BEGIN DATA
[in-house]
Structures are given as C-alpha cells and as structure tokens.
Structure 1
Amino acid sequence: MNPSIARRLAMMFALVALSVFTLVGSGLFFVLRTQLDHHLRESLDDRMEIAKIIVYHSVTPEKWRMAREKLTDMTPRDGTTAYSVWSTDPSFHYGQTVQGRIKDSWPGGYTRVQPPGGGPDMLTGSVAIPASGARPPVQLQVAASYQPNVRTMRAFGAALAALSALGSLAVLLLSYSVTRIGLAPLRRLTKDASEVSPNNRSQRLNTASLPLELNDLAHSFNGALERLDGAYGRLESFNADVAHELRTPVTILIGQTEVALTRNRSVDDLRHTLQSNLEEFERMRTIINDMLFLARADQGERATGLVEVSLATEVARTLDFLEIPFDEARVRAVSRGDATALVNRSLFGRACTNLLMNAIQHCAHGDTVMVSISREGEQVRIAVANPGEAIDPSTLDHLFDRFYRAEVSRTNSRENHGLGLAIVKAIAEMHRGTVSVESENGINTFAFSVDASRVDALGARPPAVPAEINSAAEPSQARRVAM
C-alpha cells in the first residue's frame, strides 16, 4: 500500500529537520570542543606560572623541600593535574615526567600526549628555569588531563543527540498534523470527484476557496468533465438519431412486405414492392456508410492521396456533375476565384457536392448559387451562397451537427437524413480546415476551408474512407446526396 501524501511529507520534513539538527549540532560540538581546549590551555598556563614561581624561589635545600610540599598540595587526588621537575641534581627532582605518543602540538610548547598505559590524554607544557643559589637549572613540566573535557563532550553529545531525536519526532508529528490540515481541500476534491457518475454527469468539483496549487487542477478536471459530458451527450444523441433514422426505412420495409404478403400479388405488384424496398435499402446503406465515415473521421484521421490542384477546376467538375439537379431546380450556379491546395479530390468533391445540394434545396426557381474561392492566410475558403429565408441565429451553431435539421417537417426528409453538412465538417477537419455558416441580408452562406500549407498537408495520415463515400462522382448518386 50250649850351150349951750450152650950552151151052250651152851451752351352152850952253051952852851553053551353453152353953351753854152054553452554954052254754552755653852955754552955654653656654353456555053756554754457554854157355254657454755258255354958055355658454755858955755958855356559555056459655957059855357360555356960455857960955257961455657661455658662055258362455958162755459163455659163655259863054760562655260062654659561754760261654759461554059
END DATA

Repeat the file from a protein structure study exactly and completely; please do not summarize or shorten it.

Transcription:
[in-house]
Structures are given as C-alpha cells and as structure tokens.
Structure 1
Amino acid sequence: MNPSIARRLAMMFALVALSVFTLVGSGLFFVLRTQLDHHLRESLDDRMEIAKIIVYHSVTPEKWRMAREKLTDMTPRDGTTAYSVWSTDPSFHYGQTVQGRIKDSWPGGYTRVQPPGGGPDMLTGSVAIPASGARPPVQLQVAASYQPNVRTMRAFGAALAALSALGSLAVLLLSYSVTRIGLAPLRRLTKDASEVSPNNRSQRLNTASLPLELNDLAHSFNGALERLDGAYGRLESFNADVAHELRTPVTILIGQTEVALTRNRSVDDLRHTLQSNLEEFERMRTIINDMLFLARADQGERATGLVEVSLATEVARTLDFLEIPFDEARVRAVSRGDATALVNRSLFGRACTNLLMNAIQHCAHGDTVMVSISREGEQVRIAVANPGEAIDPSTLDHLFDRFYRAEVSRTNSRENHGLGLAIVKAIAEMHRGTVSVESENGINTFAFSVDASRVDALGARPPAVPAEINSAAEPSQARRVAM
C-alpha cells in the first residue's frame, strides 16, 4: 500500500529537520570542543606560572623541600593535574615526567600526549628555569588531563543527540498534523470527484476557496468533465438519431412486405414492392456508410492521396456533375476565384457536392448559387451562397451537427437524413480546415476551408474512407446526396 501524501511529507520534513539538527549540532560540538581546549590551555598556563614561581624561589635545600610540599598540595587526588621537575641534581627532582605518543602540538610548547598505559590524554607544557643559589637549572613540566573535557563532550553529545531525536519526532508529528490540515481541500476534491457518475454527469468539483496549487487542477478536471459530458451527450444523441433514422426505412420495409404478403400479388405488384424496398435499402446503406465515415473521421484521421490542384477546376467538375439537379431546380450556379491546395479530390468533391445540394434545396426557381474561392492566410475558403429565408441565429451553431435539421417537417426528409453538412465538417477537419455558416441580408452562406500549407498537408495520415463515400462522382448518386 50250649850351150349951750450152650950552151151052250651152851451752351352152850952253051952852851553053551353453152353953351753854152054553452554954052254754552755653852955754552955654653656654353456555053756554754457554854157355254657454755258255354958055355658454755858955755958855356559555056459655957059855357360555356960455857960955257961455657661455658662055258362455958162755459163455659163655259863054760562655260062654659561754760261654759461554059